Tips for shaping your future of work


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1. Consult with colleagues

Different demographics have different preferences and expectations regarding their place of work. The preference of the CEO may be different from many of the workforce. Equally, the type of work done by people in the grassroots of the organization may best lend itself to home or office working or to a hybrid of the two. It’s critical to understand what blend of the work location will enable maximum productivity, wellbeing, and performance. 

In doing so, be mindful that people can only guess what their preferences will be in three, six, or nine months’ time. As schools and nurseries establish a more reliable routine, Zoom fatigue continues, the novelty of working remotely may wear off and preferences may change. 

If a vaccine is developed there may be a far bigger surge back to the office than expected. So make decisions, especially those regarding office space, with this in mind. 

2. Understand different personas

Hybrid working patterns don’t suit everyone. In general, there’s enormous socioeconomic and racial inequality between who is able to work from home and who is not. Take care to understand the implications of your future of work choices on diverse groups of colleagues, not just age and ethnicity but also those with physical or mental health needs, carers, those early in their careers, and new starters to the organization (at any level).

If you have a head office, there will be shifting in the power dynamic that needs to be understood and proactively managed if you want to create a truly empowered, customer-centric culture. 

3. Principles, not rules

Moving to a fully remote or hybrid future of work relies on a culture of trust and empowerment. A set of principles, co-created with colleagues, can guide behavior consistently across the organization without being overly prescriptive. Here are three examples:
Managing performance focuses on achieving outcomes, not the presence
Place of work is chosen based on maximizing individual wellbeing and productivity and the organization’s requirements of the role, not line manager preference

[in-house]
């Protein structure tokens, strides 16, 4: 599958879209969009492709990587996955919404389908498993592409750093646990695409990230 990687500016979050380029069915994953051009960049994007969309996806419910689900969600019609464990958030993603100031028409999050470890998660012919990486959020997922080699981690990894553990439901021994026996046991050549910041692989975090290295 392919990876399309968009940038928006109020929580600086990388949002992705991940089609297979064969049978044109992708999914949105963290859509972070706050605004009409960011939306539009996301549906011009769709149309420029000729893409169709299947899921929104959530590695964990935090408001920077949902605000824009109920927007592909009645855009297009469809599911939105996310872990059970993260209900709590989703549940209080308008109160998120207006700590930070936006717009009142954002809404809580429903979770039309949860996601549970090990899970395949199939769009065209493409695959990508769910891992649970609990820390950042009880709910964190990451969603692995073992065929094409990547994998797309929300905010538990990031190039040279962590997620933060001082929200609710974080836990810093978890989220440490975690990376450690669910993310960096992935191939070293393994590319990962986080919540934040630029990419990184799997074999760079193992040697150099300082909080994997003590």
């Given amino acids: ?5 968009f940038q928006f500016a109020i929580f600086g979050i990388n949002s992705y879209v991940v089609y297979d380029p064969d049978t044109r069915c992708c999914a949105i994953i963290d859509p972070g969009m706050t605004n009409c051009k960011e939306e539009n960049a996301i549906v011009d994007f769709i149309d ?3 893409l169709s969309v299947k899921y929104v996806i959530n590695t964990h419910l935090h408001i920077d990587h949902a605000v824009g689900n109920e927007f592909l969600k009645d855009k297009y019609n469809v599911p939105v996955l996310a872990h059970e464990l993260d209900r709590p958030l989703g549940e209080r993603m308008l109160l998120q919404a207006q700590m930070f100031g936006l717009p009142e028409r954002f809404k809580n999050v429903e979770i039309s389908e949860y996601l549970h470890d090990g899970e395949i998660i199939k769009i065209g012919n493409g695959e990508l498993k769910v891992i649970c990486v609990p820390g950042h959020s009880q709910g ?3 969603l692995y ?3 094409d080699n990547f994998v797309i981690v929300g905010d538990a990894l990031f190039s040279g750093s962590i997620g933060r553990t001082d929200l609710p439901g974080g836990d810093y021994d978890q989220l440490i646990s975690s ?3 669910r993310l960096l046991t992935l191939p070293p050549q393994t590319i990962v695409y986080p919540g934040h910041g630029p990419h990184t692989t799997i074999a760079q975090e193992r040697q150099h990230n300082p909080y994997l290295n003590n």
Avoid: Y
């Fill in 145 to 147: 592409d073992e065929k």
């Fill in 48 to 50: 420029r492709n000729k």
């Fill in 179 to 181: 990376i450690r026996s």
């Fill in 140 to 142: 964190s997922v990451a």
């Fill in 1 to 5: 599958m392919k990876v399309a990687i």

Activity location is determined by providing customers with the best possible experience

Your principles should be sufficient to challenge behavior that is not in the spirit of your chosen future of work model. 

Leaders and line managers are critical in role-modeling your future of work. Help them work out the specific, visible actions they will take to show they are committed to the principles.

4. Test and learn

Since lockdown began we have been thrown into a state of experimentation and this will continue for the foreseeable future – so treat this in the same way. Test out the principles in practice, monitor the impact on productivity and wellbeing, look out for unintended impacts on diversity and inclusion. Involve colleagues in reflection and learning to improve ways of working further in the next phase. 

Share existing good practices across teams. We have heard multiple examples of teams adapting brilliantly to hybrid working, for example:
Virtual office days: everyone logs onto MS Teams, Zoom or equivalent and is in each other’s company, therefor spontaneous help, without the need for formal meetings
Cook-a-thons: to welcome new starters to a team and get to know each other socially
Mural, Slack and other collaboration tools: to problem solve and innovate

Use this test and learn phase to establish rituals and symbols that signpost what good looks like in the new world. For example, keep board meetings virtual, everyone joining on their own device either from home or the office. 

Plan in team engagement days, where the whole team commits to getting together physically, re-connecting, and enjoying each other’s company. A sense of belonging to something bigger than ourselves, doing meaningful work for a higher purpose is a powerful motivator. It’s hard to maintain this purely through virtual connections. 

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